KEF Reference 5 loudspeaker

Of all the speakers I have most enjoyed in recent years, two were from British manufacturer KEF: the LS50 Anniversary Model ($1500/pair), which I reviewed in December 2012; and the Blade Two ($25,000/pair), which I reviewed in June 2015. Though these two speakers lie at opposite ends of the price scale, they have in common KEF's unique Uni-Q drive-unit, in which the tweeter is mounted on the front of the midrange unit's pole piece, so that the lower-frequency cone acts as a waveguide for the higher-frequency output. Not all Uni-Q drivers are identical, of course—the one in the LS50 must cover frequencies down into the upper bass, whereas the Blade Two's Uni-Q is relieved of having to undergo high excursions by being crossed over to four woofers. But having one drive-unit with two concentric diaphragms that together cover almost all of the audioband gives you, in effect, a single sound source with no interference between the drivers, and with all the benefits that confers on dispersion and soundstaging.

The Blade Two may sound superb, but its idiosyncratic styling—it resembles an old-fashioned straight-edge razor stood on end—was not for everyone. KEF therefore introduced the Reference 5 ($19,000/pair), which uses almost identical drive-units—a similar Uni-Q driver with a 1" tweeter and a 5" midrange, plus four 6.5" woofers—in a conventional cabinet of the same internal volume.

1017kef.250.jpgDesign
Whereas the Blade Two's woofers are mounted in pairs on its side panels, the Reference 5's 6.5" woofers are all mounted on the front baffle. These each have a shallow aluminum diaphragm, and as with the Blade, the voice-coil drives the diaphragm via radial ribs to allow the free flow of air, and also to control the diaphragm's breakup modes. Each pair of woofers is loaded by a port on the rear, these offset from the cabinet's center line and flared on both ends to minimize turbulence. KEF provides a choice between interchangeable long and short ports to optimize the speaker's low-frequency performance for specific rooms. While the woofer frames are internally braced, they're connected to the aluminum baffle via lossy damping.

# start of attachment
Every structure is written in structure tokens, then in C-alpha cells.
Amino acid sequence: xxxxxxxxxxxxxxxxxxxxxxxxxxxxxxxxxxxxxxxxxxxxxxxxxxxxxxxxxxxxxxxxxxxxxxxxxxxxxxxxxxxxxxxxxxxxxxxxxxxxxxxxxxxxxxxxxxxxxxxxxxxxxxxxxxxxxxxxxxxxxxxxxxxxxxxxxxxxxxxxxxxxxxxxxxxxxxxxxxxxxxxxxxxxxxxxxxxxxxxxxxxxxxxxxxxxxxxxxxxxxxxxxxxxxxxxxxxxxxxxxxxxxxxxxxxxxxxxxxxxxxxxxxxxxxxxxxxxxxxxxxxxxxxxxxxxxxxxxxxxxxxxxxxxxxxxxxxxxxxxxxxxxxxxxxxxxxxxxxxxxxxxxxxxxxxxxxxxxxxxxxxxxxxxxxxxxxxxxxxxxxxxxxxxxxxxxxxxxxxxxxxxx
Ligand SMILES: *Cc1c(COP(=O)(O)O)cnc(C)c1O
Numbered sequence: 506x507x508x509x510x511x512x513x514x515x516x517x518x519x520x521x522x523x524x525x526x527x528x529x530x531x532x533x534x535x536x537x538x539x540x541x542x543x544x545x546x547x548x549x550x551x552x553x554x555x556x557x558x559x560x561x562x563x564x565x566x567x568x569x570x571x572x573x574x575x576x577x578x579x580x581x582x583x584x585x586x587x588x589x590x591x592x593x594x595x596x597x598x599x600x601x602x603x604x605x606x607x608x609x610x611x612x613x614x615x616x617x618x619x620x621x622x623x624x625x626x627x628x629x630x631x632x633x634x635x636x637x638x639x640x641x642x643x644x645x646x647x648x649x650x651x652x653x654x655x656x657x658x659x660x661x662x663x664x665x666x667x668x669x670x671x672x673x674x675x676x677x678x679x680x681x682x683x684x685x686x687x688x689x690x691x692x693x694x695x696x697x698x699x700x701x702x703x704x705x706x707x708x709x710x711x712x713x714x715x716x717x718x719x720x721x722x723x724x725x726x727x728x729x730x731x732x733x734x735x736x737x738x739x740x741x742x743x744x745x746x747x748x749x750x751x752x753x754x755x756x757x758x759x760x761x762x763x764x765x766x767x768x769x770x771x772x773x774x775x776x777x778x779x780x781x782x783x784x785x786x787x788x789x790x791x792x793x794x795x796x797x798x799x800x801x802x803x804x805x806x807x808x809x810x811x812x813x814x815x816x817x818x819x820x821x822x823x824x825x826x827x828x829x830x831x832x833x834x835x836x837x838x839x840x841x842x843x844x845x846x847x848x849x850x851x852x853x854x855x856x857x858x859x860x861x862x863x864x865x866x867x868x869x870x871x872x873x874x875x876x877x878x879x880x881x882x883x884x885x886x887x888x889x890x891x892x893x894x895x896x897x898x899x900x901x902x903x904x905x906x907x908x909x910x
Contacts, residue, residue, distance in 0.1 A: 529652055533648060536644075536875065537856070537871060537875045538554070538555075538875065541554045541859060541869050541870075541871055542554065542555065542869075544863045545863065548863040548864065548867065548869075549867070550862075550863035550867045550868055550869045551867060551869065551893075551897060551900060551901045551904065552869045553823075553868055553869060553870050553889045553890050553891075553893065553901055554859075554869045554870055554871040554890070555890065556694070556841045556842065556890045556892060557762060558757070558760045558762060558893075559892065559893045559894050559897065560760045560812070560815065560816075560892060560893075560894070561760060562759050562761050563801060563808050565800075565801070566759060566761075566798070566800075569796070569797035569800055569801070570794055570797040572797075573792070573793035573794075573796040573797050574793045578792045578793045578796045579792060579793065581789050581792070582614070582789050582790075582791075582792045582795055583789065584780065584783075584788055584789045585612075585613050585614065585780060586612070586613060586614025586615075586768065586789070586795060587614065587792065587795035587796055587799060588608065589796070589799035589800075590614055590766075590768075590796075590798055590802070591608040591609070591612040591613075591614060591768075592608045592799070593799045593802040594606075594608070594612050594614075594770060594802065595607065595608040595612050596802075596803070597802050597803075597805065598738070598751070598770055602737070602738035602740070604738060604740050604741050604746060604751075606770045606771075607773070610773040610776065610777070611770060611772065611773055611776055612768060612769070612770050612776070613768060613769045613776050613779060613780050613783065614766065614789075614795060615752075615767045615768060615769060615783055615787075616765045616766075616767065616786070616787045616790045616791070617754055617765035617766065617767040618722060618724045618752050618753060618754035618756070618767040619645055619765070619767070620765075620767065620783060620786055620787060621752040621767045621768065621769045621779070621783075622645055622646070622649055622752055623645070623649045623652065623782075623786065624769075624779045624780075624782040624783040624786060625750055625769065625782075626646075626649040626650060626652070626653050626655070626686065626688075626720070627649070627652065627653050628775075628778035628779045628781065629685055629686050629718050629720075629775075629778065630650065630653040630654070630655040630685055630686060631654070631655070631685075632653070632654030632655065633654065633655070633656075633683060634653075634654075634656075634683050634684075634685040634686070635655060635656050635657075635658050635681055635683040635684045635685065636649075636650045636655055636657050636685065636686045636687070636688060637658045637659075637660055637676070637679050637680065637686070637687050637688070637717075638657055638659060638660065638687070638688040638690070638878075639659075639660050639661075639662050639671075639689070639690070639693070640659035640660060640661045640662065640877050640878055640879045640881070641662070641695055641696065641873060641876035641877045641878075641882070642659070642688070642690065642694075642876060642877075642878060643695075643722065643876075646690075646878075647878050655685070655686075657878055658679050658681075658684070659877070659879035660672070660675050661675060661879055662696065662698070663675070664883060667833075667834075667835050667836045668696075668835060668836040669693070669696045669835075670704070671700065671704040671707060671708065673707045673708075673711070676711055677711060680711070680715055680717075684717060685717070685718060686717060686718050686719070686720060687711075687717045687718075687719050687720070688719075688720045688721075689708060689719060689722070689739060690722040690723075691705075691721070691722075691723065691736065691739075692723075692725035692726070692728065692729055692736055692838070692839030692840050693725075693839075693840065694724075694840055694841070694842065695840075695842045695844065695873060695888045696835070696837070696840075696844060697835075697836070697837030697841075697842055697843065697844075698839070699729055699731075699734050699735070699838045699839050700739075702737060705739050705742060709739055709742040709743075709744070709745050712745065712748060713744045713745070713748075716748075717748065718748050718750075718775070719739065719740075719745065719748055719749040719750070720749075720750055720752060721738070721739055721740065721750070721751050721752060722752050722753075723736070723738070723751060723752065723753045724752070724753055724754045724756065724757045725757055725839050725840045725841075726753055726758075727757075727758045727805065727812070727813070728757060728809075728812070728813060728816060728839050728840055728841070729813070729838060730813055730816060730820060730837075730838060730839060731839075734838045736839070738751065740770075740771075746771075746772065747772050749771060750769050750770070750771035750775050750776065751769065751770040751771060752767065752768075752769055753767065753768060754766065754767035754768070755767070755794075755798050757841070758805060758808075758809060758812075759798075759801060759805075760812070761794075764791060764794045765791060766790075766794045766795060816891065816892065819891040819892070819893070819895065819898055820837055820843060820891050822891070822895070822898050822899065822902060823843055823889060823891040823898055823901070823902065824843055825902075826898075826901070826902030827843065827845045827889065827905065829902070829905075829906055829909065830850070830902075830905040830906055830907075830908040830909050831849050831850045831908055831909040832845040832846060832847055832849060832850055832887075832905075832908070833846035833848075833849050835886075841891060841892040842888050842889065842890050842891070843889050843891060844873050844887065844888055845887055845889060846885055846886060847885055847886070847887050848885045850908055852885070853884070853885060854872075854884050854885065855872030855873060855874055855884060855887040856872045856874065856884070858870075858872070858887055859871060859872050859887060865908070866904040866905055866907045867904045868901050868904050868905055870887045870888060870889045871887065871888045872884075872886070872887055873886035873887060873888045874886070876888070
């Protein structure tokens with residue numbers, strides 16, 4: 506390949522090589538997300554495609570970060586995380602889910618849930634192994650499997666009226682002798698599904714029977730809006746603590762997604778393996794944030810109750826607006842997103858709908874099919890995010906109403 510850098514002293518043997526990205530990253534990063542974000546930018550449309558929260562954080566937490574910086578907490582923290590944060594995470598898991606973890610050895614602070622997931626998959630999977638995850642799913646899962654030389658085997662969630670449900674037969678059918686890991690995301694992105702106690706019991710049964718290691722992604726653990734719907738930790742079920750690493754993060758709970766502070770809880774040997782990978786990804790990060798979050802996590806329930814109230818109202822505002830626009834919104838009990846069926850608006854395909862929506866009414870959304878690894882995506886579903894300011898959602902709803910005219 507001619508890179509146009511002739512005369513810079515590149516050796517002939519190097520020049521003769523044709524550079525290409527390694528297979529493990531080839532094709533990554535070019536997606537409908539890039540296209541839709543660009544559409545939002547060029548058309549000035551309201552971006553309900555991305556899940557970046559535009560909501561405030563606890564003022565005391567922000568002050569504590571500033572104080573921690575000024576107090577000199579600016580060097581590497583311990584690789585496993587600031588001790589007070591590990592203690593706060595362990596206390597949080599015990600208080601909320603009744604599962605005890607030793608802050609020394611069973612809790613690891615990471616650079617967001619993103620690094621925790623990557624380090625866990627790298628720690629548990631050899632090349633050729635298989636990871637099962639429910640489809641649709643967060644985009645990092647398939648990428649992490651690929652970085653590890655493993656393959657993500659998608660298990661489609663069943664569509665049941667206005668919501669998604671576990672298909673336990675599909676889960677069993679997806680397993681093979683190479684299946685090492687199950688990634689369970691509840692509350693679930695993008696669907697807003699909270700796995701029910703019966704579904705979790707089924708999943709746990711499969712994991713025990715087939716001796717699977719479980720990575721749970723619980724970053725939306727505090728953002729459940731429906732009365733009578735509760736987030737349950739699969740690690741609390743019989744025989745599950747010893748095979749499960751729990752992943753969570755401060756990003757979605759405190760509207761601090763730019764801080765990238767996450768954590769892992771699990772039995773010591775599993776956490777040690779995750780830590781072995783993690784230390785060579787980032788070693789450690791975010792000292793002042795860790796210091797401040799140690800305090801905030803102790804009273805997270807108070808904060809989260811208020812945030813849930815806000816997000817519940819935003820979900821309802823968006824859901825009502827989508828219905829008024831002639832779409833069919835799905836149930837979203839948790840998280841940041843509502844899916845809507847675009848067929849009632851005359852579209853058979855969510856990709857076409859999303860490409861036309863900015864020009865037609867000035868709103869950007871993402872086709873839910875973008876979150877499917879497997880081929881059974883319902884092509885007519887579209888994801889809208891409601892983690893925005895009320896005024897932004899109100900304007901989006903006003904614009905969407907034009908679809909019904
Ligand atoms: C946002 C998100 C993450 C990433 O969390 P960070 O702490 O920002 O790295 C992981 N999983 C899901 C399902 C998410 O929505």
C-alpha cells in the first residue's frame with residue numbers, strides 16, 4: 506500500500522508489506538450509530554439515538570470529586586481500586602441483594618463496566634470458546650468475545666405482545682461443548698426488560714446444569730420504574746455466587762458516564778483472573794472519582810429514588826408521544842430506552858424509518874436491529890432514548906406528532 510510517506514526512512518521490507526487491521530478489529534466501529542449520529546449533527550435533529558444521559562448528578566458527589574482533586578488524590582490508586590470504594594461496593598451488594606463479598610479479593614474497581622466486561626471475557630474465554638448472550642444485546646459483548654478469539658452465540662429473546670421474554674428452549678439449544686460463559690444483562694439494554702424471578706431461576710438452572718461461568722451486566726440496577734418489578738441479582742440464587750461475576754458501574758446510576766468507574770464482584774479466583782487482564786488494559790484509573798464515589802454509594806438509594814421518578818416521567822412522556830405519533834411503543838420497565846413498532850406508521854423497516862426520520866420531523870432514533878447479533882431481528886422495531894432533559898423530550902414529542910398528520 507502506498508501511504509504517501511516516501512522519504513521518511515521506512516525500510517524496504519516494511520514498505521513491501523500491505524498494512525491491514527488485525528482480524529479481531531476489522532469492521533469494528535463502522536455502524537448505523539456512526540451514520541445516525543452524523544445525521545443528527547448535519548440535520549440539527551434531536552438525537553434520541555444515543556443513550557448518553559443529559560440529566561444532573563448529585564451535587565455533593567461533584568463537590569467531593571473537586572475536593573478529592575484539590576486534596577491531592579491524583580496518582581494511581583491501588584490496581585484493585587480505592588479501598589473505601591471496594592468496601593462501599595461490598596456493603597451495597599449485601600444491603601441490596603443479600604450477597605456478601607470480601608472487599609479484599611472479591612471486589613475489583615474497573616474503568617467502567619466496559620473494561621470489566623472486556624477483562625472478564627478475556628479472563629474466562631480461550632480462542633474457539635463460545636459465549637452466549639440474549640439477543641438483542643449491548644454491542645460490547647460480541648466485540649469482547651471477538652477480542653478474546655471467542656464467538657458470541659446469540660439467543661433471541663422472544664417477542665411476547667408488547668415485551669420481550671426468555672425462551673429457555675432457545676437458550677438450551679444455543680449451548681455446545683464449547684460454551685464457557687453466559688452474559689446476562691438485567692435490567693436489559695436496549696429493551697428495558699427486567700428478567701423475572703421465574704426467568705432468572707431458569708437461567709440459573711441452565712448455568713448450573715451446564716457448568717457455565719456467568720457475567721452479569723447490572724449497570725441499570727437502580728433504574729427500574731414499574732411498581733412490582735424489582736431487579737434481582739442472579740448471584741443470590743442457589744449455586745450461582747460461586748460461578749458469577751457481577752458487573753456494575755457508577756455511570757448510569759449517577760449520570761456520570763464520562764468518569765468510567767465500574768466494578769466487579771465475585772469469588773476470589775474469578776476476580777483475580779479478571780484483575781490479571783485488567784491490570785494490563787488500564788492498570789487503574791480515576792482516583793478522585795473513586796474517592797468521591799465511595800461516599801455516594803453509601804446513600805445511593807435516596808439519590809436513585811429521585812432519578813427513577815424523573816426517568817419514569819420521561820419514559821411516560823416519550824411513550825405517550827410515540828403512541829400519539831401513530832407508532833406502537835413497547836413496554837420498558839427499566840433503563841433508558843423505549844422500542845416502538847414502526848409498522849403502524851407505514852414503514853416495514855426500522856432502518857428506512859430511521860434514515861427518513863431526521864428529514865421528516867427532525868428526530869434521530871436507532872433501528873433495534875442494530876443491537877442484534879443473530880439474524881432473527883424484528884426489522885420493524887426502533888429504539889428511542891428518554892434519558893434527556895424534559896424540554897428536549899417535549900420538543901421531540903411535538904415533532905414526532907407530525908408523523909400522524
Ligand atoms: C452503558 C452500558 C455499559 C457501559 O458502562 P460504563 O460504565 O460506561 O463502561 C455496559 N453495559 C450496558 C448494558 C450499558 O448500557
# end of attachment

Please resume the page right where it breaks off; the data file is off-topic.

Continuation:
Jack Oclee-Brown, KEF's Head of Acoustics, visited to help set up the Reference 5s in my room. Among other topics we discussed in a video'd interview, I asked him what, specifically, KEF had done to get so much of the Blade's sound quality from a conventionally styled cabinet with the woofers on the front baffle, as they claim they have.

"The focus of the Uni-Q is to deliver sound as if . . . the sound has to originate from one point in space, but it also has to be matched [in terms of] directivity, so at the crossover you need the tweeter directivity to match up with the midrange. . . . With Blade, the whole idea was then to say, 'Why are we restricting ourselves just to the mid and treble? What would happen if we tried to do the bass as well, and how would that look?' My colleague Mark [Dodd] was really the guy who originated the idea of saying, 'Let's put just the Uni-Q on the front, and you could put the bass drivers much closer to the Uni-Q than you would be able to otherwise. You've then only got the single Uni-Q on the front, so the front of the cabinet can be shaped whatever you like, and so we could make it a very smooth surface to minimize diffraction.'"

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The sound from the midrange unit therefore doesn't meet any boundaries as it propagates?

"Exactly. So the whole thrust of [the Blade] is really to take this idea of let's try and create a single, pure sonic source as far as we possibly can. [But] with the Reference we are very aware that these speakers are things that people have to put in their houses, and they have to live with and see every day—and the Blade looks, in my mind, spectacular, but in other people's minds, 'dreadful' . . . "